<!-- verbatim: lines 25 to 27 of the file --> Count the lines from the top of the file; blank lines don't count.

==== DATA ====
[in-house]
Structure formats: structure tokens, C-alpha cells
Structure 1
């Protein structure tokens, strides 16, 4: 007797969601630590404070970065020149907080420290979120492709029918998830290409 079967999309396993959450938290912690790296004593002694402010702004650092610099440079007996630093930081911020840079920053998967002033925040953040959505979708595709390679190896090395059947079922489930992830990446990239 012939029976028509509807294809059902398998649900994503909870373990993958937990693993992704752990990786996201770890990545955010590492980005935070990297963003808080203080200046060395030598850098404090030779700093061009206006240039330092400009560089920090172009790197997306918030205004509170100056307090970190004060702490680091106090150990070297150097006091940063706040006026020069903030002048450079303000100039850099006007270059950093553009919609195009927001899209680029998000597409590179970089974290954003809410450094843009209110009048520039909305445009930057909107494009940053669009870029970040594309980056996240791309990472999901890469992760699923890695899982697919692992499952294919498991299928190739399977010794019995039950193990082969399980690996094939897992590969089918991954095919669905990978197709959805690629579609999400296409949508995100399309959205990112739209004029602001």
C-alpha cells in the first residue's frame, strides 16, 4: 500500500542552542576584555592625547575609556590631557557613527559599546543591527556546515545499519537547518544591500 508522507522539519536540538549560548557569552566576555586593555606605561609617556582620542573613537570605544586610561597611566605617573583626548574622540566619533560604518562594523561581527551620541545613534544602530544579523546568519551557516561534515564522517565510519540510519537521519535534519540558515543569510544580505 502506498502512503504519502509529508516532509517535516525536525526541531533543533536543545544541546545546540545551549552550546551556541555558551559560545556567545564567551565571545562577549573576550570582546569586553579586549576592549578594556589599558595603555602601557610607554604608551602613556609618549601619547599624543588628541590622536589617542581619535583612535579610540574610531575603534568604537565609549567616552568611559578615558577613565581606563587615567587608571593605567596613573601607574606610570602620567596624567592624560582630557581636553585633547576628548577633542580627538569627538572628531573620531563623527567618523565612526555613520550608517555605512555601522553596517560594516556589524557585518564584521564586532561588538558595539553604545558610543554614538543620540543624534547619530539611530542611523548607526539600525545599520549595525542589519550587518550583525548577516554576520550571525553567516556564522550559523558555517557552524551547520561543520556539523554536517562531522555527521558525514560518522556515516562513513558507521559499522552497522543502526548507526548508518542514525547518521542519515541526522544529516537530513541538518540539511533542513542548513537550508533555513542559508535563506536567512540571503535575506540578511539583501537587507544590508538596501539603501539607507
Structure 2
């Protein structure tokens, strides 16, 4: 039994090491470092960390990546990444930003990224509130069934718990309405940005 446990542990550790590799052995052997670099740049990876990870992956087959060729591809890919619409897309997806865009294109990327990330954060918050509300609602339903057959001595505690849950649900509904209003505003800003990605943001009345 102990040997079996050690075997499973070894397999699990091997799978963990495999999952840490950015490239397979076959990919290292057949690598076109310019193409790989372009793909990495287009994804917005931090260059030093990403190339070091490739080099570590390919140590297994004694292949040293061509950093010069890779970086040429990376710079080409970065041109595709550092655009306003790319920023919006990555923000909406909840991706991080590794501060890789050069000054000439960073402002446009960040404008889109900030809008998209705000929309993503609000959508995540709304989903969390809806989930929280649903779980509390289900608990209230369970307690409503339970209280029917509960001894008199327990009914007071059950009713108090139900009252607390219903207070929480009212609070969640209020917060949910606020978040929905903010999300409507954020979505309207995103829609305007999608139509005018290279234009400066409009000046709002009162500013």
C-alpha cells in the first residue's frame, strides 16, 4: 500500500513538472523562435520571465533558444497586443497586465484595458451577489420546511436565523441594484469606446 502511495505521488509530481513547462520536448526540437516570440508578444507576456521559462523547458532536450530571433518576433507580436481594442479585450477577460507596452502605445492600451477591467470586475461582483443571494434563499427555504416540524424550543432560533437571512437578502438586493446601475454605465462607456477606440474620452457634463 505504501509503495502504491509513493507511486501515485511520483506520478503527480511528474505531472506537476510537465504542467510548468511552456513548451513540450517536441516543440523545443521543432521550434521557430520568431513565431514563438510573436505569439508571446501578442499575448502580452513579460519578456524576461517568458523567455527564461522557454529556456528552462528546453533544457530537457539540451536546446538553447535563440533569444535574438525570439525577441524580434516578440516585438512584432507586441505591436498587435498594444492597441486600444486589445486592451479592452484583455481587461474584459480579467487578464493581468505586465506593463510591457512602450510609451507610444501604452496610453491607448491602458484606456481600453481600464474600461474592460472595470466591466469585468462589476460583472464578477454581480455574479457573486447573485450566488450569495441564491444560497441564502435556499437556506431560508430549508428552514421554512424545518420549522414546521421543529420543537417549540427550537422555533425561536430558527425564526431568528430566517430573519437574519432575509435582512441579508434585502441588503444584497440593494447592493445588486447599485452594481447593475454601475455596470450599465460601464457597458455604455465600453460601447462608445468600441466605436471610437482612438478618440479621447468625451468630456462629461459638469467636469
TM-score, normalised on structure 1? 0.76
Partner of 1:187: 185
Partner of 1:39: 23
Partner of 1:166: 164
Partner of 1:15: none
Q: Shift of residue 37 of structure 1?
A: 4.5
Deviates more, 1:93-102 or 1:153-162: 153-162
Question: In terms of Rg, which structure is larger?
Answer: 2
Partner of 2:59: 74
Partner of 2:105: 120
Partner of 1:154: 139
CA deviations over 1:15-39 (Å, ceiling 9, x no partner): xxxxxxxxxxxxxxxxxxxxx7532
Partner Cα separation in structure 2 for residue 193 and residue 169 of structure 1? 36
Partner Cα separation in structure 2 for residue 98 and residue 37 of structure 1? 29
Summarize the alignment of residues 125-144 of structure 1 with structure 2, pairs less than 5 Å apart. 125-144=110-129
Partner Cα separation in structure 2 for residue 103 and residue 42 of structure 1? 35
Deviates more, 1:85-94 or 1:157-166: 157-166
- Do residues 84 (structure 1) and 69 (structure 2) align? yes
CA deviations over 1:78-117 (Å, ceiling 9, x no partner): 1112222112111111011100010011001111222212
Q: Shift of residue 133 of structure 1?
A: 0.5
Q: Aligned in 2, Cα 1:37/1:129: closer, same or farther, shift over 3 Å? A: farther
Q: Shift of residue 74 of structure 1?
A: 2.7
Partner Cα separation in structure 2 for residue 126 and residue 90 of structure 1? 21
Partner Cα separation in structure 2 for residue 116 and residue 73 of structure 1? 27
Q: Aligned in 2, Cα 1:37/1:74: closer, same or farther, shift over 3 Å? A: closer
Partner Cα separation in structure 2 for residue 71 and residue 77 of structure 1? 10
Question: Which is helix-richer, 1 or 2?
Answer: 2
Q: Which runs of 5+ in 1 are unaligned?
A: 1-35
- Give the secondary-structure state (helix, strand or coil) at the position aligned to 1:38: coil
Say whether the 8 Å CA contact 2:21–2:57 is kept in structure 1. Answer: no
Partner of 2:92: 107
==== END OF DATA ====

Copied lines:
Summarize the alignment of residues 125-144 of structure 1 with structure 2, pairs less than 5 Å apart. 125-144=110-129
Partner Cα separation in structure 2 for residue 103 and residue 42 of structure 1? 35
Deviates more, 1:85-94 or 1:157-166: 157-166